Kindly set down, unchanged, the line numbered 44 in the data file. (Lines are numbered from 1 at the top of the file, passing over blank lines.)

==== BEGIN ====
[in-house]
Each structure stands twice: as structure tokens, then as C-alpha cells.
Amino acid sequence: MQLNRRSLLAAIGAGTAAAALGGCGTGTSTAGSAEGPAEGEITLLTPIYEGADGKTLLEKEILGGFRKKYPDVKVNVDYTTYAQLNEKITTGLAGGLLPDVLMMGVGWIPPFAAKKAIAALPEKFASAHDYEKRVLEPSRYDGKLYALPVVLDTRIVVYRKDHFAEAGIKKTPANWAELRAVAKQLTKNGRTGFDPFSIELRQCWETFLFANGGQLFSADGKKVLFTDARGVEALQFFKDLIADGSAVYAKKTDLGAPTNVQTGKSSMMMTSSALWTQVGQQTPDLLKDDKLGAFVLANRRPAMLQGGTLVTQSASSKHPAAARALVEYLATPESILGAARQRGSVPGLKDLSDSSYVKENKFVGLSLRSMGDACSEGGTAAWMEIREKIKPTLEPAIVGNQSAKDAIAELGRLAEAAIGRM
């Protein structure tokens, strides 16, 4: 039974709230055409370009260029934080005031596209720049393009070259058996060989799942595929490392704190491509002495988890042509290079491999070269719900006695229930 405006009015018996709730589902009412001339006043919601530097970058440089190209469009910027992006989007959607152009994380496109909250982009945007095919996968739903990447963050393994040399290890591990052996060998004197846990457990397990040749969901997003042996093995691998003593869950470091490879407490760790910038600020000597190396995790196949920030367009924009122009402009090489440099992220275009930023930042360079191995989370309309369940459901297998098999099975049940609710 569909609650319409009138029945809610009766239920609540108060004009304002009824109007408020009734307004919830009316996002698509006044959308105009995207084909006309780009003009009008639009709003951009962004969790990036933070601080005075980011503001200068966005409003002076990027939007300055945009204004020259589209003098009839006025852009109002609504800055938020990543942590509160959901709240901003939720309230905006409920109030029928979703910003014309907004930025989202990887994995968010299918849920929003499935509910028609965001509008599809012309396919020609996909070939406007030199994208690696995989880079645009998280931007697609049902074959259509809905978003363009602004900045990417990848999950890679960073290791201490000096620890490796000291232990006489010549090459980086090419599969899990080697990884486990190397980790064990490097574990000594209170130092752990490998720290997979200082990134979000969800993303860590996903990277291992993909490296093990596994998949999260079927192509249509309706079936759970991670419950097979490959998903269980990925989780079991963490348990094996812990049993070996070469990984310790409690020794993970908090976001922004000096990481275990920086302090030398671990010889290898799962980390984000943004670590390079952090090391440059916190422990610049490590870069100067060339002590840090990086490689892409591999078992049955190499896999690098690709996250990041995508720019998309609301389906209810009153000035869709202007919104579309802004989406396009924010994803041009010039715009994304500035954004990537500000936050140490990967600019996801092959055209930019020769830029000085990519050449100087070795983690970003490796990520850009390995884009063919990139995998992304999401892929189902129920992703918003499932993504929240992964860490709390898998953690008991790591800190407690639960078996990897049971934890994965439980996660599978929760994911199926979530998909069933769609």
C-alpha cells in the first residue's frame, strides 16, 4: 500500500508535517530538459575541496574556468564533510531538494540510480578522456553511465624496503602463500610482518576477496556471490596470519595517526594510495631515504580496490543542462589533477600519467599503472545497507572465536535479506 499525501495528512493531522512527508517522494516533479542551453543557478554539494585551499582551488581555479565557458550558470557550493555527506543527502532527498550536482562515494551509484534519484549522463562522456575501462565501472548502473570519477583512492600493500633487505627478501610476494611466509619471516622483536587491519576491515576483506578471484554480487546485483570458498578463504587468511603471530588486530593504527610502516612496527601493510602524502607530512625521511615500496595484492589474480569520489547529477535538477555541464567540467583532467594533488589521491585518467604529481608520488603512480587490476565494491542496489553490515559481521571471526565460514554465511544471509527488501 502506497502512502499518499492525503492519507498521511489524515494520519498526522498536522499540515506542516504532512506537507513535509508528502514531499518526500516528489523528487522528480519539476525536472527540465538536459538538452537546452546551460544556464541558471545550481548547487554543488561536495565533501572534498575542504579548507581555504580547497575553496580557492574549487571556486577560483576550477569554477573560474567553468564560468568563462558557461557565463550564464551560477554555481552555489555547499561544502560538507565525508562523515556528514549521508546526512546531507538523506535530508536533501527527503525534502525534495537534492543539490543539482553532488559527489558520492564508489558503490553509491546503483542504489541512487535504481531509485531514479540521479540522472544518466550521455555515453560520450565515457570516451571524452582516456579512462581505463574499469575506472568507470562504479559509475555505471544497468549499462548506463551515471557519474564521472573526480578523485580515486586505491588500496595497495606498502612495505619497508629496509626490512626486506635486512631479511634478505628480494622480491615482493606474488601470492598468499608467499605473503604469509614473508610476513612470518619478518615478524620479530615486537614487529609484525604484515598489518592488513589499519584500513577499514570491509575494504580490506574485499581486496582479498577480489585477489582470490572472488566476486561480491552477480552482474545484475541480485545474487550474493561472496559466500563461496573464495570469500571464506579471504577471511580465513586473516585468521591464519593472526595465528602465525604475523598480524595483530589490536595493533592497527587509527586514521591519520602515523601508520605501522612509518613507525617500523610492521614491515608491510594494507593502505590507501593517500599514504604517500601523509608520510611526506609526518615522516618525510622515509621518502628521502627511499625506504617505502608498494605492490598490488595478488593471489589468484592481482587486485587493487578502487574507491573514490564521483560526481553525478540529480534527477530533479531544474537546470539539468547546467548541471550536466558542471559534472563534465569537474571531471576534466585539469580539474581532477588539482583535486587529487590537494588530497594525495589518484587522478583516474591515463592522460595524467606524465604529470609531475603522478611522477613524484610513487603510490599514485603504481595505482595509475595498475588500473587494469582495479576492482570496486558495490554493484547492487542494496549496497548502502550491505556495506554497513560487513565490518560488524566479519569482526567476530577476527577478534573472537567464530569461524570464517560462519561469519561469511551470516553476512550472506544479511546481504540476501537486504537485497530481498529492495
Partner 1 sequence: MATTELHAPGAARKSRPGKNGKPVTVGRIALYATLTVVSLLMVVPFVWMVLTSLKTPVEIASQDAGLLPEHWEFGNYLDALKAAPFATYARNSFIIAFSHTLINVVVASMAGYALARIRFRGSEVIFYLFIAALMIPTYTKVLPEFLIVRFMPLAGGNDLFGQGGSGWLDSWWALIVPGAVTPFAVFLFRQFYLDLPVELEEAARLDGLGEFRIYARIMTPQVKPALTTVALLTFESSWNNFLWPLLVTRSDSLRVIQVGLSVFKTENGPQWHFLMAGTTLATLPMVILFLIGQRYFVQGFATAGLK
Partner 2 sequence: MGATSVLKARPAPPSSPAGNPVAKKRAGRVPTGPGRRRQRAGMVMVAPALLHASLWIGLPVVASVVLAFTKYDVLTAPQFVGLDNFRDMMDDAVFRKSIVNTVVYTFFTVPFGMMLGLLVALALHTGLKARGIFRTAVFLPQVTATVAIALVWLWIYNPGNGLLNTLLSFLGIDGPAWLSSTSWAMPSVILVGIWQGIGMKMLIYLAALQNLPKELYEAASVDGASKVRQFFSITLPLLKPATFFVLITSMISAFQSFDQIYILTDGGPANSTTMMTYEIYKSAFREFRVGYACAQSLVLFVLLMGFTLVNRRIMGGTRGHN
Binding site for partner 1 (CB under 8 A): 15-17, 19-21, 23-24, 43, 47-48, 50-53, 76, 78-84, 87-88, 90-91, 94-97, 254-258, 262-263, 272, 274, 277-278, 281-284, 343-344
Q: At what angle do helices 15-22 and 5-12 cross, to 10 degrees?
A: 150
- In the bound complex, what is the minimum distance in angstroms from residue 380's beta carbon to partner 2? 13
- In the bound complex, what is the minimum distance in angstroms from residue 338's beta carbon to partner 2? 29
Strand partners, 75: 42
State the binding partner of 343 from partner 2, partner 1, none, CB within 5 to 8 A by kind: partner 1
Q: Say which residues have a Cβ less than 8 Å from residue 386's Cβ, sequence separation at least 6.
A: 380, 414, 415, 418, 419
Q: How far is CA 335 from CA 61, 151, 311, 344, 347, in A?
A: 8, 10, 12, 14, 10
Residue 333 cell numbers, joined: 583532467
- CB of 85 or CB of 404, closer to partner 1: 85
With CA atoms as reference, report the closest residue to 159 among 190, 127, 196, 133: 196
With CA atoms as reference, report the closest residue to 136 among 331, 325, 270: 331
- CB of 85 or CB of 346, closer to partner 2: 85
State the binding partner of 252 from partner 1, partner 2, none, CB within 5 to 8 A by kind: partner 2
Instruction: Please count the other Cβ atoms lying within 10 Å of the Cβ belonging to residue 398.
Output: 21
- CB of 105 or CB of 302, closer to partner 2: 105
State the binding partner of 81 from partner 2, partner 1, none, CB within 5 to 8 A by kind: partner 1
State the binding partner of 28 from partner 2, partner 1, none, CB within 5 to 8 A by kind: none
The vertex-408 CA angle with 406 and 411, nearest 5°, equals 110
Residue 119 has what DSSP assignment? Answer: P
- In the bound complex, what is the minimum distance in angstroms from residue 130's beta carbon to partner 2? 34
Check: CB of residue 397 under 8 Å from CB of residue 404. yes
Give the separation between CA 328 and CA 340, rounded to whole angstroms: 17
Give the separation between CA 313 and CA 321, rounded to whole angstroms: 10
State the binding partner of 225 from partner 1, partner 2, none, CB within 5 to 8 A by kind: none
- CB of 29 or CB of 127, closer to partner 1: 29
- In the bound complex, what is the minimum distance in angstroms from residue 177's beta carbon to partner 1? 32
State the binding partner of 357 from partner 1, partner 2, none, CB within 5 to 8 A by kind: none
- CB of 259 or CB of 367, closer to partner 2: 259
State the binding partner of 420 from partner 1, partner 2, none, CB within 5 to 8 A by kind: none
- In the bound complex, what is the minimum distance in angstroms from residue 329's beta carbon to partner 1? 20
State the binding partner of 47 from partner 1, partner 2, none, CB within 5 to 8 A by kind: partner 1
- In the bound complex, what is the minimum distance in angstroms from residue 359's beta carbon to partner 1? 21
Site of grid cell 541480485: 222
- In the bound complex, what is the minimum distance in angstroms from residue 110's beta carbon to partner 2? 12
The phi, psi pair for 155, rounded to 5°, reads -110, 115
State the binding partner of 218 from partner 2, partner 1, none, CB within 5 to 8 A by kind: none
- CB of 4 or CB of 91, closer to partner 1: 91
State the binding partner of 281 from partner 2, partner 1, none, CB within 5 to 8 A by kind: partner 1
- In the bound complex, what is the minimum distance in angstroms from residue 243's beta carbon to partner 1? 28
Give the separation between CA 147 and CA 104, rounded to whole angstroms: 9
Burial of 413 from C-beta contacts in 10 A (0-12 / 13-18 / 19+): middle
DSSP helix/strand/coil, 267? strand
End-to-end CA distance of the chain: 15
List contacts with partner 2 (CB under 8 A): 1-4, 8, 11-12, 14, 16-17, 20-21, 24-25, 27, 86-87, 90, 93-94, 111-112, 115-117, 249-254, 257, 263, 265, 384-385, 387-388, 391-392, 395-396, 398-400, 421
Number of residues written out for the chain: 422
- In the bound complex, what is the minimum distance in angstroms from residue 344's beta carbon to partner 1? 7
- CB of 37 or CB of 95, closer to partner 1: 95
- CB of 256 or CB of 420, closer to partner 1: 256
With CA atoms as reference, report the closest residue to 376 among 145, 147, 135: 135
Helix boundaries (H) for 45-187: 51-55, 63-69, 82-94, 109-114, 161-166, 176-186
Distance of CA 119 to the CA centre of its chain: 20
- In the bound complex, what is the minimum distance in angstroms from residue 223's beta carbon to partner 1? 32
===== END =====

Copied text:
- In the bound complex, what is the minimum distance in angstroms from residue 359's beta carbon to partner 1? 21